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Annals and Correspondence of the Viscount and the First and Second Earls of Stair
By John Murray Graham in two volumes (1875)


I have been induced to engage in this biographical work principally by the historical and personal interest attaching to its subject. The first Viscount Stair and. the first and second Earls of Stair were, in their respective walks, three of the most distinguished men of their time. The narrative of their lives connects with the history of Great Britain during an unbroken period of one hundred years, illustrating that history in various particulars, and clearing up, if not supplying, some of the links in the continuous chain of events.

Several valuable collections of hitherto unpublished Letters and Papers have, by the courtesy of their possessors, been placed at my disposal for this undertaking. These are—(1.) The ‘ Stair Papers,’ in 28 volumes folio, in possession of the present Earl of Stair at Oxenfoord Castle, relating chiefly to the second Earl, and including the period of his celebrated embassy at Paris ; (2.) A series of letters belonging to the Marquis of Lothian, from the first Earl of Stair, when Secretary of State for Scotland, to Robert, fourth Earl and first Marquis of Lothian, Royal Commissioner to the second Assembly of the Scottish Kirk after its establishment in the reign of William and Mary; (3.) Letters from the first Lord Stair to Lord Arniston, and other letters in 1663 and 1664, in possession of Mr Dundas of Arniston; (4.) Letters of the first Lord Stair to the Duke of Lauderdale and others during the reign of Charles II., acquired by Mr David Laing, of the Signet Library, Edinburgh, from the late Mr Dawson Turner’s collection of ‘ Lauderdale Papers; ’ (5.) Letters from the second Earl of Stair, when campaigning with the Duke of Marlborough, to John, Earl of Mar, then Secretary of State for Scotland, copied from the originals in the Mar charter-chest for the present Earl of Stair, under the supervision of Mr William Fraser, Edinburgh; (6.) a State-paper or Letter of the first Earl of Stair addressed to the Lord Treasurer Godolphin in 1703, as to Scottish affairs in view of a treaty of Union, and a letter from Lord Godolphin on the same subject to the Chancellor of Scotland, both acquired at the sale of the family papers of the Duke of Leeds by Mr John Webster, Aberdeen.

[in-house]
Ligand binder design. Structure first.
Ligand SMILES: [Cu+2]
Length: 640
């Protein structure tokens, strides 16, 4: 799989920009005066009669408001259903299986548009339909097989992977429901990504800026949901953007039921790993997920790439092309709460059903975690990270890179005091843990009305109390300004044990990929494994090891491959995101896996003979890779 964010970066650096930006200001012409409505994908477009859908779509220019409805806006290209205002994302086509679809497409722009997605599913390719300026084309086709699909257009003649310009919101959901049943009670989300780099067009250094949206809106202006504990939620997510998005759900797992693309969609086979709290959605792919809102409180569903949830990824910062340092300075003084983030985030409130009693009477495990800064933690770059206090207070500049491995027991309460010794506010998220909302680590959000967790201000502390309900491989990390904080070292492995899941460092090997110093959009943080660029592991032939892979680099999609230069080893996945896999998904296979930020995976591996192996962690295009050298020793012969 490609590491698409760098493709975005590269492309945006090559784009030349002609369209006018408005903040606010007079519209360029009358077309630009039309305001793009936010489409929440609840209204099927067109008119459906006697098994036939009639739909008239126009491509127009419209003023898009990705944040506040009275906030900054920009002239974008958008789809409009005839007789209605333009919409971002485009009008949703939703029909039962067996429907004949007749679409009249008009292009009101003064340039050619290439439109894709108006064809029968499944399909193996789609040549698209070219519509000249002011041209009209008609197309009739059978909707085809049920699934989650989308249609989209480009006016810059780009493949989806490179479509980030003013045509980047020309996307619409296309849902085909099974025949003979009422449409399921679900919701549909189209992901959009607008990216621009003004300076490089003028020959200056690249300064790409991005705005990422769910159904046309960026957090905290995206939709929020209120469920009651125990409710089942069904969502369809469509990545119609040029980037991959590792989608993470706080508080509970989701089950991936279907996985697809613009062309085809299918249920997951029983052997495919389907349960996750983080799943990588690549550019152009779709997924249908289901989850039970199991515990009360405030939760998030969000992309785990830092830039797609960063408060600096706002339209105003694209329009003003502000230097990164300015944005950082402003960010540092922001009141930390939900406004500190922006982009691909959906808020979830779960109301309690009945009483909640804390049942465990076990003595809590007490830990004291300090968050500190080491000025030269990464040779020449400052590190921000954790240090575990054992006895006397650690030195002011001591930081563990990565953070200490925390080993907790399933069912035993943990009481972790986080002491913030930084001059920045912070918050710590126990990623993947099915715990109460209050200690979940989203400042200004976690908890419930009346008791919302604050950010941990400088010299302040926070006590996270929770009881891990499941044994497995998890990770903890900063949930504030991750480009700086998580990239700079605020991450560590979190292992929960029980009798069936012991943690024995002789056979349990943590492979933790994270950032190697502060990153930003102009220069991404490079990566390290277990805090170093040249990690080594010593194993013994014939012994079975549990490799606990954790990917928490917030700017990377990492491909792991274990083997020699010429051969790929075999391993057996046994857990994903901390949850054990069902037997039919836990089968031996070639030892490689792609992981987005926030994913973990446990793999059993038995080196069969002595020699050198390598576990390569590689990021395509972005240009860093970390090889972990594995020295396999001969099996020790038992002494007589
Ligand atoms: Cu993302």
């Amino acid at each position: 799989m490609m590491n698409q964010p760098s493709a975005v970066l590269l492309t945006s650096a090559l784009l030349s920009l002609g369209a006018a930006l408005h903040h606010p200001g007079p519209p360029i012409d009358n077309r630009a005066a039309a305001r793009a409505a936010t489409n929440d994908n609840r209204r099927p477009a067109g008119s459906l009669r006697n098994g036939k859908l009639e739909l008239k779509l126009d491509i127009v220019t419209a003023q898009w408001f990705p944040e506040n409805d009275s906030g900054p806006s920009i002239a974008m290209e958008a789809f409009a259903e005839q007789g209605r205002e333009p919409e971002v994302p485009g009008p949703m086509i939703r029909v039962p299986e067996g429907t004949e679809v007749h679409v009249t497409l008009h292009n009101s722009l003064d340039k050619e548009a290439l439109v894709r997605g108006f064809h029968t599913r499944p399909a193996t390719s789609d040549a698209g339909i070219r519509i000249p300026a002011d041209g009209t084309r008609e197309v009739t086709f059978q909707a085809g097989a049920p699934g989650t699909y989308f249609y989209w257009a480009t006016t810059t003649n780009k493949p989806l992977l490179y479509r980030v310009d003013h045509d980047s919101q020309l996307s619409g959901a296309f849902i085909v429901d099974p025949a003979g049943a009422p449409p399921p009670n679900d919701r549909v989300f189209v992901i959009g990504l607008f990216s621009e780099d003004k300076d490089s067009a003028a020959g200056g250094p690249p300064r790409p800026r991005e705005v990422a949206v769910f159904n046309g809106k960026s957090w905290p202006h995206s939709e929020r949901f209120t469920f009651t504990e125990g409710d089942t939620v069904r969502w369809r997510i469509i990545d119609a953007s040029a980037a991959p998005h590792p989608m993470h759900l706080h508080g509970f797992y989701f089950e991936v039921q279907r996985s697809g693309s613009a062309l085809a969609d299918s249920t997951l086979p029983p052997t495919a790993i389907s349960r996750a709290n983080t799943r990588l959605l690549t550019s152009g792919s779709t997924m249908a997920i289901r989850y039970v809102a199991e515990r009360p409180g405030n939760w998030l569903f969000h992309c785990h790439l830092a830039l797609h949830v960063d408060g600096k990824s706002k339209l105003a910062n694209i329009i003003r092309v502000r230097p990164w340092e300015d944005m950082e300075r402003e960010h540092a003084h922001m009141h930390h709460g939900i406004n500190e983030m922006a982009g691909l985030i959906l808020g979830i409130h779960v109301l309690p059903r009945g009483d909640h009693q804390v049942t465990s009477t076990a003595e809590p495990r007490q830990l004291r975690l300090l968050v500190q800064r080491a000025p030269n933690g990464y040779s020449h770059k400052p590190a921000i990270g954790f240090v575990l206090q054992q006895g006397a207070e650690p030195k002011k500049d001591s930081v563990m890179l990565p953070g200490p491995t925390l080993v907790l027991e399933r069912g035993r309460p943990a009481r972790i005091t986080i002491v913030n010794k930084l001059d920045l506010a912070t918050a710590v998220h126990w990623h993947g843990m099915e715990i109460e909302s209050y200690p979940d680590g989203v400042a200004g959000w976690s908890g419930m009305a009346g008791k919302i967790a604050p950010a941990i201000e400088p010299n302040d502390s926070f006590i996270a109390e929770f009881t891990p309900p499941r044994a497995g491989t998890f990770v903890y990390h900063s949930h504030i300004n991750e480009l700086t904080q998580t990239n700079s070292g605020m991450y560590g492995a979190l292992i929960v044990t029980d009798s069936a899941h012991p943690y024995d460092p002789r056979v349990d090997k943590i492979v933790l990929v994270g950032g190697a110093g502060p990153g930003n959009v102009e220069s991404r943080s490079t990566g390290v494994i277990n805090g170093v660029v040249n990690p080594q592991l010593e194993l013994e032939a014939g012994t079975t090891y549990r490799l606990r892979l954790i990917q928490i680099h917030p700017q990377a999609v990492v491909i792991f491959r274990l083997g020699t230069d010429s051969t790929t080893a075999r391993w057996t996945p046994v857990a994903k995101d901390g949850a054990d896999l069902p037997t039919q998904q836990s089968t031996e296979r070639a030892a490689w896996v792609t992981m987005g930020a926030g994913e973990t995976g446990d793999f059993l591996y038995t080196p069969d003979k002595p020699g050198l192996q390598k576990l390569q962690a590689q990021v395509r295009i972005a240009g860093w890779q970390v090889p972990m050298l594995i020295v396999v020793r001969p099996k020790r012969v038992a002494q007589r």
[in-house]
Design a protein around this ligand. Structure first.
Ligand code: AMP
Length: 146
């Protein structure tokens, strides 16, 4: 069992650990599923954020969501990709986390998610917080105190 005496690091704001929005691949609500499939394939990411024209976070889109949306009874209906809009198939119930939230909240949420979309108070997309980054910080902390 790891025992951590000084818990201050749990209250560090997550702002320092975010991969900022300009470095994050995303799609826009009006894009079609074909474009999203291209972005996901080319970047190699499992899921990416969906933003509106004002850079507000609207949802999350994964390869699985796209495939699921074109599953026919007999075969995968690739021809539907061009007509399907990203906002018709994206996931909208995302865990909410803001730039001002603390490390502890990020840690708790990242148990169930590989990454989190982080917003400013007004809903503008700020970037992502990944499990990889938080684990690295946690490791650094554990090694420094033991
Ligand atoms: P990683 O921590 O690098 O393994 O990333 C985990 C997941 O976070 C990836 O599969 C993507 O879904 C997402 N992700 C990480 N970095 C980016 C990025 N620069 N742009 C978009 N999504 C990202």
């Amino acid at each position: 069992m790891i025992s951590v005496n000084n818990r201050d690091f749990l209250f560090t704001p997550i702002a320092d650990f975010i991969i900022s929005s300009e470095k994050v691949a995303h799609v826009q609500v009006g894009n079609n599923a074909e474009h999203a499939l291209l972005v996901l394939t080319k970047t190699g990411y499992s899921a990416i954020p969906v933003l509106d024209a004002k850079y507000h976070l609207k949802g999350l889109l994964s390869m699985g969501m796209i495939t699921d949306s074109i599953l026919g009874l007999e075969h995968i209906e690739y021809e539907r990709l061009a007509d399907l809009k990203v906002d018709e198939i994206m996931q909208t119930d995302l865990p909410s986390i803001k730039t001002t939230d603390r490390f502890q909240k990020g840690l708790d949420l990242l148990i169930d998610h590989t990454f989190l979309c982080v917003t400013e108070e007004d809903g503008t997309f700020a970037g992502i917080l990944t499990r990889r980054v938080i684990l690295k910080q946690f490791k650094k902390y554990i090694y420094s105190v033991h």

In the biography of the first Lord Stair, lawyer and statesman, a man of a career so varied as to have been successively upon confidential terms with General Monck, the Duke of Lauderdale, and King William HL, I have confined myself strictly to a narrative of his life, interwoven as that was with the history of the country. The life of Lord Stair, who was for many years President of the Court of Session in Scotland, having been written not long since in a somewhat elaborate form by Mr ^Eneas J. Mackay of the Scottish bar, I have made this biography shorter than I otherwise might have done, at the same time introducing what novelty I could into the narrative, interspersing a number of hitherto unprinted letters, and avoiding all irrelevant matter.

The life of his son, the first Earl of Stair, has never, so far as I am aware, been written, though in connection with the massacre of Glenco his actings have been narrowly scrutinised and largely commented on. Versatile in politics in the early portion of his singular career, he settled down after the Revolution into the confidential Scottish Minister of King William, doing battle in the northern parliament with every one, Jacobite or Presbyterian, who had not the word of the Government, and taking a prominent part in the ecclesiastical proceedings which resulted in the establishment of Presbytery. His later time was chiefly distinguished by the consummate ability and powerful exertions he brought to bear on the settlement of the Treaty of Union, and the passing of the Act of Union through the Scottish parliament,—exertions which in the opinion of many cost him his life.